2020 Annals of Emergency Medicine Documents Cases Caused by Phone Chargers

In January of this year, the American College of Emergency Physicians published a study on cases in the Emergency Room that were the result of phone charger mishaps. The report stated “[m]any children and adolescents have access to portable electronic devices. Although not always the case, these devices are often charged at nighttime, especially while being used in bed. There are increasing media reports of electric current injury from the portable electronic devices’ charging cables, particularly with equipment that is available for a lower cost from generic manufacturers. A 19-year-old woman presented to the pediatric emergency department after a burn from her generic iPhone charger.” This report summary goes on to explain that “[s]everal companies have investigated the difference in quality and safety of generic versus Apple-brand chargers and have found that the majority of the generic chargers fail basic safety testing, making them a higher risk for electrical injury…”

The main case discussed in this study involved an Apple charger, though the authors state “…any device that uses a USB charger could cause this type of injury, including Android products, tablets, small laptops, watches, and even certain fans and book lights”.

Low Voltage Does Not Mean Low Danger

Often when discussing the possibility of electric shock from chargers, the response we, at Geddy’s Mom, receive is “but it’s only 5 volts, that’s nothing more than a tickle”. While this might be accurate, an innocent 5 volt charger might also let loose up to 120 volts if not properly constructed. In fact, current (amperage) is the deterministic factor when discussing electric shock, and as you will see, even a low-voltage device can cause electric shock if the quality of the unit is not to standard or if a quality unit malfunctions, or any other reasonable or unreasonable factor presents itself. But our question to parents is: even with low amperage, is it ok for your child to experience the slight shock that one might feel if they touch a battery to their tongue? Is it really worth playing the odds when your child is placing a charger lead in his/her mouth? Though rare, the possibility is real, and that reality is life threatening or life changing.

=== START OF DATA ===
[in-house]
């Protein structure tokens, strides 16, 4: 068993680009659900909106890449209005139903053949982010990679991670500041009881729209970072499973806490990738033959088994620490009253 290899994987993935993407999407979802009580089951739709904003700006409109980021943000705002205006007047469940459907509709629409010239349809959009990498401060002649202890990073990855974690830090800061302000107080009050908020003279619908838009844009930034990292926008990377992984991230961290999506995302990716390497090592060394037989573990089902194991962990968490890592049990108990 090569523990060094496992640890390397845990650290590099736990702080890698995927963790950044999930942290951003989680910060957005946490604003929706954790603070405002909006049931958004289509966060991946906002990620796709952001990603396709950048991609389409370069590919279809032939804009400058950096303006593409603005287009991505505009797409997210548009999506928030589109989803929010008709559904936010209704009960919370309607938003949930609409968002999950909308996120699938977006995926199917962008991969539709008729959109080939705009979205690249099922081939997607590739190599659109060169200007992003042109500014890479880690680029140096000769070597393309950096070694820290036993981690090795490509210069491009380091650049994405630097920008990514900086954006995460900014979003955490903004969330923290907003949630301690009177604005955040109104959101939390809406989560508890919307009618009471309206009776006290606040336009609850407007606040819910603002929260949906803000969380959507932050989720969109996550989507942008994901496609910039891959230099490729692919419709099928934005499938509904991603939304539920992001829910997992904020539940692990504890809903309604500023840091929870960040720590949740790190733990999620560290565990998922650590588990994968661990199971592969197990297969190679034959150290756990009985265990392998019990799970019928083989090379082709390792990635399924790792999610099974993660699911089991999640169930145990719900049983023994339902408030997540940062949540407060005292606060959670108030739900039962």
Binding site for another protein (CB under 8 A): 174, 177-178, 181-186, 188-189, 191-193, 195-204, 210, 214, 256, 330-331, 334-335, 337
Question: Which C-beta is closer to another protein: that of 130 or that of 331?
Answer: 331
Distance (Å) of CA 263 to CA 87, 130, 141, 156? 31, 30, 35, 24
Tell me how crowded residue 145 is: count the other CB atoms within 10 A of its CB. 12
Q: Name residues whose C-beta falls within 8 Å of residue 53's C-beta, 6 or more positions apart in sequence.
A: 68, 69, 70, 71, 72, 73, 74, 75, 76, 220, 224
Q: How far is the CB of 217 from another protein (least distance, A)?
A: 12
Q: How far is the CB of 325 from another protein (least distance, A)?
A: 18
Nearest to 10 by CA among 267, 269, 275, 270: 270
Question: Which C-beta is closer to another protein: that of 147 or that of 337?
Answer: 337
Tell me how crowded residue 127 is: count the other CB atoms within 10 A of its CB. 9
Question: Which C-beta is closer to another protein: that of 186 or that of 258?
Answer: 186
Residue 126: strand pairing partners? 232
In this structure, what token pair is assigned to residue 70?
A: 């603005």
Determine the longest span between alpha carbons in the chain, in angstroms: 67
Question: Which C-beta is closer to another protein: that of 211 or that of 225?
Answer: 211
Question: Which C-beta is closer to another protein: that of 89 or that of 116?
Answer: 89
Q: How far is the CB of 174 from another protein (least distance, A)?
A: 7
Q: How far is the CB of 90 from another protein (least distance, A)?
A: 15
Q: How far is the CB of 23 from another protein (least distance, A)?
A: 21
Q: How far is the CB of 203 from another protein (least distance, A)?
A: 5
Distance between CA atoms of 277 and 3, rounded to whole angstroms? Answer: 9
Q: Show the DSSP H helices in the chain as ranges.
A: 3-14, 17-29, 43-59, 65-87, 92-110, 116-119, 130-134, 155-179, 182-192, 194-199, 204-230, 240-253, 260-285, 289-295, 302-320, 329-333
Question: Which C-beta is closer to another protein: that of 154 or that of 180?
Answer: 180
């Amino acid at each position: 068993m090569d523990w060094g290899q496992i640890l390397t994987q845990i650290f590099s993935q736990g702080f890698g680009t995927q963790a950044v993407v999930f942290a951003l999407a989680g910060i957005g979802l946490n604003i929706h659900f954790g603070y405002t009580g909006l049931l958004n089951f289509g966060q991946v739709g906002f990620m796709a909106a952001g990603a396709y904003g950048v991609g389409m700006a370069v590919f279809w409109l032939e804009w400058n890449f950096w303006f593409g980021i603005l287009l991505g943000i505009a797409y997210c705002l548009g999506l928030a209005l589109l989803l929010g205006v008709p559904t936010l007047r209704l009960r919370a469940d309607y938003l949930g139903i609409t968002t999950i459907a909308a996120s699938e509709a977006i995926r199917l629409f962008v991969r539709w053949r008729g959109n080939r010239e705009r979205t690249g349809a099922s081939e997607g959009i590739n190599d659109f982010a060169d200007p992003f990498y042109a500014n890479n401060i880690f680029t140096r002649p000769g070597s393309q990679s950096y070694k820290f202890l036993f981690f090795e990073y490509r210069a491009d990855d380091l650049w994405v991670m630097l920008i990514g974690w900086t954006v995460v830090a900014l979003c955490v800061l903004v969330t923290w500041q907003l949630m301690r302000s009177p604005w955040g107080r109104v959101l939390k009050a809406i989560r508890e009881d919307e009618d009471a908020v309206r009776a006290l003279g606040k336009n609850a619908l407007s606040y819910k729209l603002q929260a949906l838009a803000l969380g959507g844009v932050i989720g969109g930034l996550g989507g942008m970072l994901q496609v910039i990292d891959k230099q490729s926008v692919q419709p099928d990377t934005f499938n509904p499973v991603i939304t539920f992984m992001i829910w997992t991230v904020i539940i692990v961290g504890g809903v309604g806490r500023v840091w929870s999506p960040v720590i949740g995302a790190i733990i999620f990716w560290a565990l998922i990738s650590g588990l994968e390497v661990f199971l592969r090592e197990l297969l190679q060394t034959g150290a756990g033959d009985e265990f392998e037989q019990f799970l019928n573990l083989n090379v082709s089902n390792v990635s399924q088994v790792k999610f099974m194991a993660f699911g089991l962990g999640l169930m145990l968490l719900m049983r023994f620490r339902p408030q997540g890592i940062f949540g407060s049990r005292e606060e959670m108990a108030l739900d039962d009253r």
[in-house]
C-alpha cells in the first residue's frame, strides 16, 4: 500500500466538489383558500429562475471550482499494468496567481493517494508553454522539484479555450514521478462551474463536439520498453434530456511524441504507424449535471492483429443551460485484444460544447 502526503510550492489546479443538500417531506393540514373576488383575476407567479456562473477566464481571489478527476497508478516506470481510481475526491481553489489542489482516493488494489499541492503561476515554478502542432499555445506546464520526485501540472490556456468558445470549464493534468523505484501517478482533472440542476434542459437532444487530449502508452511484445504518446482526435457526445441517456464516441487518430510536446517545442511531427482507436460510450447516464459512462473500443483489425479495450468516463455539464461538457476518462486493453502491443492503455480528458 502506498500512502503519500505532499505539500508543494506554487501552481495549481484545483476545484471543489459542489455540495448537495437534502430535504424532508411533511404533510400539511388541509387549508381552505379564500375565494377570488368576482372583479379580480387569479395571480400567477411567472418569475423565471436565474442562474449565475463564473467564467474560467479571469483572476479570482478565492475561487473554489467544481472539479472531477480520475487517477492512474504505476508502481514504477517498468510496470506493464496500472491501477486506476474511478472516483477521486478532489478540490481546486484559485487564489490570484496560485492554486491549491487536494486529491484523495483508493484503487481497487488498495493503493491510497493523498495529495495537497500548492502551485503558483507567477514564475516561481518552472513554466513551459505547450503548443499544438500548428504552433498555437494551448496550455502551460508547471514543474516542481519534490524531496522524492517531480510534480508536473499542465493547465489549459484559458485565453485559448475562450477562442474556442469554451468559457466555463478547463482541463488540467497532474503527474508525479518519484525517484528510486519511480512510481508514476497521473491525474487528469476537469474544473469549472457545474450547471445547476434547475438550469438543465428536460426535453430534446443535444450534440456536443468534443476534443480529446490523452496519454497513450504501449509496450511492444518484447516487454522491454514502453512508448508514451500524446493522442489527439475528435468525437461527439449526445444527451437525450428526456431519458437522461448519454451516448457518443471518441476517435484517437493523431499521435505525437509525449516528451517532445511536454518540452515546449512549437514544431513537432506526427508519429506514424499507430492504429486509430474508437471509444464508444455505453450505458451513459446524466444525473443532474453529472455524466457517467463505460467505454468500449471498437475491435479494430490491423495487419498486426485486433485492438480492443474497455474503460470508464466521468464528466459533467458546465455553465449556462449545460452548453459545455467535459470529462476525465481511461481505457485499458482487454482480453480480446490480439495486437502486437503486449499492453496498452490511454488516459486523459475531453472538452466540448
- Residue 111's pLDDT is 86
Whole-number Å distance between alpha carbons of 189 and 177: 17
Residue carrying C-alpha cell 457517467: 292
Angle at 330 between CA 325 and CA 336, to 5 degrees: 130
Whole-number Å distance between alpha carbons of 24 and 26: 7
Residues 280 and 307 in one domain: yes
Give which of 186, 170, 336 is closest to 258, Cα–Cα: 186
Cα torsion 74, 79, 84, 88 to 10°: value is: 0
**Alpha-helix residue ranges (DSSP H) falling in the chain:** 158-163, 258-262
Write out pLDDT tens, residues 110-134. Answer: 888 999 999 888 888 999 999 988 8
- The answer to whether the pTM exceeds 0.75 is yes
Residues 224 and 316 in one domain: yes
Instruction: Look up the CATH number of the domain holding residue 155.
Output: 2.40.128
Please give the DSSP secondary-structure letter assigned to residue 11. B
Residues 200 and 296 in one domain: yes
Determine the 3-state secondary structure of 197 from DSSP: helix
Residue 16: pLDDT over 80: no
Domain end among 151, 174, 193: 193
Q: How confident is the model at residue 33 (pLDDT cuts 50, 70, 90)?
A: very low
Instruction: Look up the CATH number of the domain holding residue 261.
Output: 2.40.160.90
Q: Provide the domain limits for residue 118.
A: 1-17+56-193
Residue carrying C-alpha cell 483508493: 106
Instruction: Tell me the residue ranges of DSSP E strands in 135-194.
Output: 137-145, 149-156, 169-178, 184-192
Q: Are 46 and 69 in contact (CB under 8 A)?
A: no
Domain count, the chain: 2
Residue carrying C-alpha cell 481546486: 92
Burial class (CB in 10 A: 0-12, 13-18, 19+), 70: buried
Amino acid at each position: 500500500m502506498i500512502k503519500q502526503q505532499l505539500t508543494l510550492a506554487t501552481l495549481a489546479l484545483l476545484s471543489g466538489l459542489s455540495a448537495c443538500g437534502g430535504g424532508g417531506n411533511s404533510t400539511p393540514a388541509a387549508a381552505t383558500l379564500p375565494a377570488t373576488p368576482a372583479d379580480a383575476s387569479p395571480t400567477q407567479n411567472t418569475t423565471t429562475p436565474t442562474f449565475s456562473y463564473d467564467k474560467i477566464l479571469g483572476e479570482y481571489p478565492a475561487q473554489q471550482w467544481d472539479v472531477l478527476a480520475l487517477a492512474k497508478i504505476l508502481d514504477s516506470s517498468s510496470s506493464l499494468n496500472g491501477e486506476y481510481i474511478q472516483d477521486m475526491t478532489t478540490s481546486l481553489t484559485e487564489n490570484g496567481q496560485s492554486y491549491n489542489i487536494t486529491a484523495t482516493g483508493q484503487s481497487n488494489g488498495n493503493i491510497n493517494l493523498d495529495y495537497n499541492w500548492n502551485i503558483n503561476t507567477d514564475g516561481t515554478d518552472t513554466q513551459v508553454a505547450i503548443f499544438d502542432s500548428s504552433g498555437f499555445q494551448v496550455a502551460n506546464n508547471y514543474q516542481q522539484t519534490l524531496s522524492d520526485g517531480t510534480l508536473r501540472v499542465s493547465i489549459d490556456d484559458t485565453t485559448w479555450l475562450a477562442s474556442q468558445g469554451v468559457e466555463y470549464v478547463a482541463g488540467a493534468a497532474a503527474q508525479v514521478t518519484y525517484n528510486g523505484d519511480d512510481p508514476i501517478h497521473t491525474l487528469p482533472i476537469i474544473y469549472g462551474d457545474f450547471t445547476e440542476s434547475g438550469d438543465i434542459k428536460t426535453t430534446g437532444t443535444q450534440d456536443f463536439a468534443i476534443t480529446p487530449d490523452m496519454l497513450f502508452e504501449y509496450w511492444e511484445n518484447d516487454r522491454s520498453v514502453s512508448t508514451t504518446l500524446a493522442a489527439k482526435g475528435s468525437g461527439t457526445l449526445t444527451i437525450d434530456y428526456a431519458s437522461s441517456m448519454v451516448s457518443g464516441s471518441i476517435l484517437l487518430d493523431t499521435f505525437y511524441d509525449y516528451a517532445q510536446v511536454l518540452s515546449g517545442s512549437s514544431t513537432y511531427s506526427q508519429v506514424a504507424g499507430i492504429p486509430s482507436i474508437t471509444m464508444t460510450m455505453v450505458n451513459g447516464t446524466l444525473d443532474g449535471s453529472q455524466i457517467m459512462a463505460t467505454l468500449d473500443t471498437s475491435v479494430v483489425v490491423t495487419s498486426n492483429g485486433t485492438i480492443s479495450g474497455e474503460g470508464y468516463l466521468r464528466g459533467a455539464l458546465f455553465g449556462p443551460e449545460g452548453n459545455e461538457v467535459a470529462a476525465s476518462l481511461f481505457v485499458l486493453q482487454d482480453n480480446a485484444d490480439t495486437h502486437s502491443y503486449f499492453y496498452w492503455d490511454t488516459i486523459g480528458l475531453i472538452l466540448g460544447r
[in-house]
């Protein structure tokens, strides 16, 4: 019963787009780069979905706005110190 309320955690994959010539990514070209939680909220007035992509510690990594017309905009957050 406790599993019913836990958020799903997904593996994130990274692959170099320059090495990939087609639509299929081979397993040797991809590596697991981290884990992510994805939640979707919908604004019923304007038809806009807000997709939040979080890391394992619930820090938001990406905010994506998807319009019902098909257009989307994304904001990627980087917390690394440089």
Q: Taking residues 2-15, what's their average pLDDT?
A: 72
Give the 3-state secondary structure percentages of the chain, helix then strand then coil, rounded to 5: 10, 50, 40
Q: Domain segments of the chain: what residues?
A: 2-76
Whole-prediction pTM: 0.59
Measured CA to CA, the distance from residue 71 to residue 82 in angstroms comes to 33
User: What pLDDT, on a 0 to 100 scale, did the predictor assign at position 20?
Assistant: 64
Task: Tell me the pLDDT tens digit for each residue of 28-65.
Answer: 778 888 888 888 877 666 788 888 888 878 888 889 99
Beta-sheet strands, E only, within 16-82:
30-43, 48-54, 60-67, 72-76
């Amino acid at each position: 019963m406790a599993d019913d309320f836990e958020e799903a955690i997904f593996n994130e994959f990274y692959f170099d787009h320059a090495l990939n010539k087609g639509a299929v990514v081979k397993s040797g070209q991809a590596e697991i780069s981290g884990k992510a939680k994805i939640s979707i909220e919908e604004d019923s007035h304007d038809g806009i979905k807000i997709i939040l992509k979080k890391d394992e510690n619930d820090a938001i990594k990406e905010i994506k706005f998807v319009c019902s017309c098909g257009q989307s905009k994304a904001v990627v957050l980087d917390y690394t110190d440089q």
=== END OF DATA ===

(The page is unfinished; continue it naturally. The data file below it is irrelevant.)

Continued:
Doctors present evidence in this study that “patients should be educated to not sleep with their telephone charging in bed or leave a charger plugged in without its being attached to a telephone. The same is true in regard to tablets and other mobile devices.”

As this study explains, the safety tests on phone chargers determine whether there is sufficient division (insulation) between the parts holding the charge, and the parts that a user can come in contact with (the connector lead – the end of the wire that plugs in to the electrical unit in need of charging). If there is not enough separation between these two parts, there is a greater risk of electric shock.

Other Studies on the Dangers of Low-Voltage Chargers

Here is the summary of an independent safety test out of the U.K.: “In a study conducted by Electrical Safety First in the United Kingdom, Apple provided 64 generic chargers for safety testing. Fifty-eight percent of these generic chargers failed the electric strength test, indicating a breakdown of the insulation barrier. This has the potential to increase the USB output voltage from a normal 5 V to 240 V”. Not the small battery twinge that is scoffed at!

In a second study out of Canada, this paper goes on to report, “400 generic iPhone chargers underwent product certification testing to identify potential safety risks related to electrical shock. Twenty-two samples were immediately damaged during the process of energizing or during the touch current test, with 12 samples having a very high leakage current with a capacity for electrocution. In regard to the electric strength test, only 3 of the 400 samples passed, which corresponds to a 99% failure rate.”

Contact us today to learn more about how you can protect your child from electrical shocks.

Sign up for our newsletter!

  • This field is for validation purposes and should be left unchanged.